I think the noise is to be expected but I would be suspicious of any real detectable shake that can be felt.

    Chuck
     
  10. Mongo

    Mongo Member

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    Any time you move a mirror that large quickly, there's bound to be some noise. (Personally my RB67 - the Pro-S version - is quieter than my Bronica S2a which is a 6x6 camera.) Having said this, I find the mirror dampening on the RB to be extremely effective. I've shot quite a bit hand-held with mine (something that's best avoided if possible, but sometimes you have to do what you have to do...), and have never detected a loss of sharpness.

    Like jdef, I can get away with 1/15th pretty regularly with no noticeable lack of sharpness. The "trick" that I use is to put a wide strap on the camera, put the strap over my neck, then pull down a little bit on the camera while pulling up a little bit with my neck. This seems to give me a very stable platform for hand-holding the camera.

    One question: Were you using the waist level finder or a prism? I've only used the waist level hand-held...using the prism might be problematic because you'd be holding a pretty heavy camera up to your face. Just a thought...
     
  11. paul ron

    paul ron Member

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    Hold it... hold it... hold it...

    Many new users of Mamiya RBs tend to fire the shutter, and as soon as they hear the mirror go up they move. I see this all the time with my first time MF students. It doesn't work as fast as 35mms.

    What you don't realize is the shutter fires after the mirror goes up. This lag time is what causes your out of sharp pix. Hold on one more second after you hear the mirror and your shots will start to clear up imediately.
     
  12. Troy Ammons

    Troy Ammons Member

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    Maybe the mirror cam is out of whack. I had a pro s and an RZ and they both have an extremely smooth mirror action. If yours is really whacking, you probably need to let someone look at it or just buy another body.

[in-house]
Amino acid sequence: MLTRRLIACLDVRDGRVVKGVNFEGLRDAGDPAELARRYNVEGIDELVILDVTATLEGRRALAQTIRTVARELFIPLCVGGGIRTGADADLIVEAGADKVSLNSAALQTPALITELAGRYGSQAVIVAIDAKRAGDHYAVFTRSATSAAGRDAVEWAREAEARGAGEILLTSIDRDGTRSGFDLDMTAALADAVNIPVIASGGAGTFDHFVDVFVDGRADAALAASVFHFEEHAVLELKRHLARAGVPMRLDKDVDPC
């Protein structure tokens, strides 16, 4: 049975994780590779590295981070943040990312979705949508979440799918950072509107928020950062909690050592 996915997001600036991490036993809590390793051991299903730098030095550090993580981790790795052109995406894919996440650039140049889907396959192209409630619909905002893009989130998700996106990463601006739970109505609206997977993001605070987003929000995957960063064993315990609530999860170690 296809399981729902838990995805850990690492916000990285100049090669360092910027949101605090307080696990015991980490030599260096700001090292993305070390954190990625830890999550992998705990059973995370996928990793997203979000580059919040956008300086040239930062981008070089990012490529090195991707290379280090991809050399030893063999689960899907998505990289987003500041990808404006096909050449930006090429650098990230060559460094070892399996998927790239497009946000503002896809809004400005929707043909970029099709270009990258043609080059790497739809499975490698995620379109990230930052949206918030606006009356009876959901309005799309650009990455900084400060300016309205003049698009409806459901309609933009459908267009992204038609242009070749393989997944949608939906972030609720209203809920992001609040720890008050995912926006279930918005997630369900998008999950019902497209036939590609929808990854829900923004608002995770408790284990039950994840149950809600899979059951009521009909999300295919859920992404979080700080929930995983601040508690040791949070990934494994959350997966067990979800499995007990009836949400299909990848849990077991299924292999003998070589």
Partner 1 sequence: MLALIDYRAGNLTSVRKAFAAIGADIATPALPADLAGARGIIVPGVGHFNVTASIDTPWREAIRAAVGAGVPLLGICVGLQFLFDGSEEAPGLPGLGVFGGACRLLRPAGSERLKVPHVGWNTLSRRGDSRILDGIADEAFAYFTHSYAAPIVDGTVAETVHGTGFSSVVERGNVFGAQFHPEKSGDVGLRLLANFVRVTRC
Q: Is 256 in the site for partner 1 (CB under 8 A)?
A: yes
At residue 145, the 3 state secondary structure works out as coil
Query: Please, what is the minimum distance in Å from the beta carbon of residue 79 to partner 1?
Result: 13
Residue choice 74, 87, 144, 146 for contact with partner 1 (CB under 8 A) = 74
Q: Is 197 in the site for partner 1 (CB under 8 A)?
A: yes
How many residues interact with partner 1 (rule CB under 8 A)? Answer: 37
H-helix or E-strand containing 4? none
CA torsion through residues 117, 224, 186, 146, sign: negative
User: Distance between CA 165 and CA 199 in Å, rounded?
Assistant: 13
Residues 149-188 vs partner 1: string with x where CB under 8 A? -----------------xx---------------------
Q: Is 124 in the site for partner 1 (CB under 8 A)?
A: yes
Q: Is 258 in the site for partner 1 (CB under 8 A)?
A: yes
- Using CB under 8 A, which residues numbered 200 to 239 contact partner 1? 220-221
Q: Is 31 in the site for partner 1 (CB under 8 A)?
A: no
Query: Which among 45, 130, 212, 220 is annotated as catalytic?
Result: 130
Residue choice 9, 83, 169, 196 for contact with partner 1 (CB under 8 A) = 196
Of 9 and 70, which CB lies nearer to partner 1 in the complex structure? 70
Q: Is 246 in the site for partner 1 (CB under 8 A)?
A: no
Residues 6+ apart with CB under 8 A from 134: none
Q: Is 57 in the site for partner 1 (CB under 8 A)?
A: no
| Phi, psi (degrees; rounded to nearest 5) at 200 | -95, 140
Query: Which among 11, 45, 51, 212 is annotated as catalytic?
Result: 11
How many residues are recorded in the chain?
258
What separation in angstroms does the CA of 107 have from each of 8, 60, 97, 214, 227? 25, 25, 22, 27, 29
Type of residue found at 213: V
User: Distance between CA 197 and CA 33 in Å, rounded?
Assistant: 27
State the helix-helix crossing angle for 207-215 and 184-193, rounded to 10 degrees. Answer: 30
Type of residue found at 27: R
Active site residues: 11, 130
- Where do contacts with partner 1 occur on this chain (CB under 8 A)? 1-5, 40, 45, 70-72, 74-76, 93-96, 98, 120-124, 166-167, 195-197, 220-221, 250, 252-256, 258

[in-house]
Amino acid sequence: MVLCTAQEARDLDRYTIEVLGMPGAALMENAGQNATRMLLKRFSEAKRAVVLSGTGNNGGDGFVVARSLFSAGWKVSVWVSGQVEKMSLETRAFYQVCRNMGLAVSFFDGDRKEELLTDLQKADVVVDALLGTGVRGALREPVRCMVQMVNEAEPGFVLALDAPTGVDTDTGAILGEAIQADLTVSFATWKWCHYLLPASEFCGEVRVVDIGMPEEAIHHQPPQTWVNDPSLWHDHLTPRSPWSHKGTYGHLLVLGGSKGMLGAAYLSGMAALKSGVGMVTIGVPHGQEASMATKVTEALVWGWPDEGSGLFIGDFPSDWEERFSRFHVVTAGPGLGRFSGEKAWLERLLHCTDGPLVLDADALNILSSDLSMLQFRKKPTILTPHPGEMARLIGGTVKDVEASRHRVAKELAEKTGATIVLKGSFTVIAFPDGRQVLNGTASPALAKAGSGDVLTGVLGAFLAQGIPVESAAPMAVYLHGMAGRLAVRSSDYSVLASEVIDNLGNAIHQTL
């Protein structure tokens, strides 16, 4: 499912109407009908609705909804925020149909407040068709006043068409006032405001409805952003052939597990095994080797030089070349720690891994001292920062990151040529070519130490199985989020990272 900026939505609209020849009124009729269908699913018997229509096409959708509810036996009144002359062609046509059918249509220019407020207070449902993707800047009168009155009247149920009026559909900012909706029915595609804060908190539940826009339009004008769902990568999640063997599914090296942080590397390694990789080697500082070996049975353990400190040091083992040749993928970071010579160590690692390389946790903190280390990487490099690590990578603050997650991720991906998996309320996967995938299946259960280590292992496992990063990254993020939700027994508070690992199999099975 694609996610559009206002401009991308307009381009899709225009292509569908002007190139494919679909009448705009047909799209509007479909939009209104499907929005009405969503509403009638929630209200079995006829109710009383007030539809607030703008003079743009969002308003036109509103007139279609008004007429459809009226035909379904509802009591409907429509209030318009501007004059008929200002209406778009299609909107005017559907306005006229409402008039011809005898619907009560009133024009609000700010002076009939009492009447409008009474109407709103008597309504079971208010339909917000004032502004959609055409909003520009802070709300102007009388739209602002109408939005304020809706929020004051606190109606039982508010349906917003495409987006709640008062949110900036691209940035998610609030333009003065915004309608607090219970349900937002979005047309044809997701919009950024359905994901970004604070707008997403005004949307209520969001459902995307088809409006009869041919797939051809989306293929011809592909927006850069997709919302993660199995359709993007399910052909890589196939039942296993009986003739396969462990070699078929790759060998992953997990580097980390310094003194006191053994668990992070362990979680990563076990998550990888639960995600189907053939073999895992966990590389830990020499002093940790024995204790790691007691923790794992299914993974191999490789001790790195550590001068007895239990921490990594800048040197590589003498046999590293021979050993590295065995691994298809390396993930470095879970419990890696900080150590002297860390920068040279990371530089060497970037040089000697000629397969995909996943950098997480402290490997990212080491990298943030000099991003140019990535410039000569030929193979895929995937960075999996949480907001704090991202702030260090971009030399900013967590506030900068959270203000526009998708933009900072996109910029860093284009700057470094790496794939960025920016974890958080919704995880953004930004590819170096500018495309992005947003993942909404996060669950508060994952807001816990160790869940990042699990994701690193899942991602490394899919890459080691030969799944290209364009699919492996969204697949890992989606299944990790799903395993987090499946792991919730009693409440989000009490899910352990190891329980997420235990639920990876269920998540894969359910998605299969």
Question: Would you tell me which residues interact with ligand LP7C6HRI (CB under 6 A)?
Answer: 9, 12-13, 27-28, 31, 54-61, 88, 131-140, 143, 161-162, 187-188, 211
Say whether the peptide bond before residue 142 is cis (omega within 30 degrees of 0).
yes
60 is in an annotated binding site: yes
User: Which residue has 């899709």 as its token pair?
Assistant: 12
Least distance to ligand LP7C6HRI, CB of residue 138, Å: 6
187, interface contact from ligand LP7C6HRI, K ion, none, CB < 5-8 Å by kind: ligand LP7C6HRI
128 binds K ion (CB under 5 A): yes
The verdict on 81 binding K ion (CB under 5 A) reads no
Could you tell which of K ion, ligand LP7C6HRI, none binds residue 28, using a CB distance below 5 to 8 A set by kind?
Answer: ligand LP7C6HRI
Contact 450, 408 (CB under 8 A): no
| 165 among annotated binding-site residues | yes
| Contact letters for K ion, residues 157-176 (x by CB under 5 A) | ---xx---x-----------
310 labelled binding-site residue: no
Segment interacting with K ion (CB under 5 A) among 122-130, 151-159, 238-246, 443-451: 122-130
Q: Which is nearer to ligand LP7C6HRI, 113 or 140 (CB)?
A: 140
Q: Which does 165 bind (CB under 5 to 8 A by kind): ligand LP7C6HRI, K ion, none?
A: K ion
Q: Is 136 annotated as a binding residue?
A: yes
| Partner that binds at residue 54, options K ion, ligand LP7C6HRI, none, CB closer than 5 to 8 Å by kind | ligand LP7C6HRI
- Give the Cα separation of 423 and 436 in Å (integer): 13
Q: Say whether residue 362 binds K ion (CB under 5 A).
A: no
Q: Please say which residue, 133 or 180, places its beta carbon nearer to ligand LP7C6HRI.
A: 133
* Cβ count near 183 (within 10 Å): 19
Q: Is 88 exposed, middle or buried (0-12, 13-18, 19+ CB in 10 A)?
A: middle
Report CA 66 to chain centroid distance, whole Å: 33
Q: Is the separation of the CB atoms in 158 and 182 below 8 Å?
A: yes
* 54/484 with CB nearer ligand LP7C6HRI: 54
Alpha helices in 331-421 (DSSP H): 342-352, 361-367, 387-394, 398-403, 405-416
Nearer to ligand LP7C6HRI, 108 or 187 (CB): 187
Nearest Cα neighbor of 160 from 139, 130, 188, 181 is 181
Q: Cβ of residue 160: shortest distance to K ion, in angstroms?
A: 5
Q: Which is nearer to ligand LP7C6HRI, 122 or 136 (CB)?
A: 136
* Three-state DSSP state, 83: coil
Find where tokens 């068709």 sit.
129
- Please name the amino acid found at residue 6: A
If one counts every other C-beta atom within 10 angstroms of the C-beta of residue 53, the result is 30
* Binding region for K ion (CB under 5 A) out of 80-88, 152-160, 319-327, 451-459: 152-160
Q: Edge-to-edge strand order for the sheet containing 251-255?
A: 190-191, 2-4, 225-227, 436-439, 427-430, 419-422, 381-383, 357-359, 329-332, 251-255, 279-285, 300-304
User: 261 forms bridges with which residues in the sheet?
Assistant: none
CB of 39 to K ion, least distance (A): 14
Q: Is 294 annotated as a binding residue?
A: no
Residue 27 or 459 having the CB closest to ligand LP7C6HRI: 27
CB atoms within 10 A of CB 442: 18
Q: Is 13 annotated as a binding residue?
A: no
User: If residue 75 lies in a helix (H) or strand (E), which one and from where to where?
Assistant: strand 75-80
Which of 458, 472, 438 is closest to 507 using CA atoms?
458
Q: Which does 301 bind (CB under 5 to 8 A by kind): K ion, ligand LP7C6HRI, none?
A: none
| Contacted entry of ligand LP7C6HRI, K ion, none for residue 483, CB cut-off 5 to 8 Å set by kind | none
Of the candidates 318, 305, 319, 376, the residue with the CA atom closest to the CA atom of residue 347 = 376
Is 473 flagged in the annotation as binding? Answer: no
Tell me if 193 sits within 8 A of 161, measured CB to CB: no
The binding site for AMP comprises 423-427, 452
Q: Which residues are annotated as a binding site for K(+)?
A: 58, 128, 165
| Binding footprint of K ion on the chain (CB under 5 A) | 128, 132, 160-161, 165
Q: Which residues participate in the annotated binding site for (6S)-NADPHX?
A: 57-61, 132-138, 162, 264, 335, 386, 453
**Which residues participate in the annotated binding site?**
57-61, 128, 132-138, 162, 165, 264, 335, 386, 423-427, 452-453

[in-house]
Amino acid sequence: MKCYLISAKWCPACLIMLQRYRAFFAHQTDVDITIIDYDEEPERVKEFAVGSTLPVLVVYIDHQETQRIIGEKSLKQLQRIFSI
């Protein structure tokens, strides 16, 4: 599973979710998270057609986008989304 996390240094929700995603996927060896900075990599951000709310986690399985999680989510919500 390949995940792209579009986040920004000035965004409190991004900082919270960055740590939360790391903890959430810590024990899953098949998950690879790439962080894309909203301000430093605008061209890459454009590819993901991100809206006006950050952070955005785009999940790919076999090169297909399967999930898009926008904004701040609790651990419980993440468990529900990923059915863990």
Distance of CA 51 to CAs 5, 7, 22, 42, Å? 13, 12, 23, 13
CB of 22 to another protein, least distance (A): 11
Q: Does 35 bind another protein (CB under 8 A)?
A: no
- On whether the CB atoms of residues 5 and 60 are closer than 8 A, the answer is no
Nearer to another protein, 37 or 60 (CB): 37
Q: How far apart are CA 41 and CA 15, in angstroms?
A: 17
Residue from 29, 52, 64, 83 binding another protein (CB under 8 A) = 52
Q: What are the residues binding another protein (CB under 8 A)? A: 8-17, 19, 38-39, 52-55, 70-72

I went out shooting my RB pro s at 1/60th hand held and it was fine.
     
  13. Marco Gilardetti

    Marco Gilardetti Member

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    Very good suggestion. Are you sure the ground glass is in correct position, BTW? Sometimes movement blur and out-of-focus blur look exactly the same.
     
  14. paul ron

    paul ron Member

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    The mirror runs on a govonor so there is very little vibration. Faster shutter speeds and a tripod are always a help of course but it's the lag time that screws up focus more that anything else.

    I'd problably want to check the focusing accuracy the film plane to be certain everything is aligned but that is not not usually the cause in a working camera in the hands of someone unfamiliar with the equipment.
     
  15. Ara Ghajanian

    Ara Ghajanian Member

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    I had an RB67 ProS years ago and never once experienced any blur due to vibration. I shot hand held quite a bit too. Which film back are you using? If you are using the motorized one, there is a film plate adjustment that switches the back from 120 to 220 operation. If it's not on the correct setting your film may not be flat. That would not be good.
    Ara
     
  16. avandesande

    avandesande Member

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    It would be interesting to find out how long the mirror shake vibration lasts before it dies down. It would appear that longer exposures would have less of a problem since the shake would take up less time of the total exposure. Also, your expectations for sharpness are less from a handheld.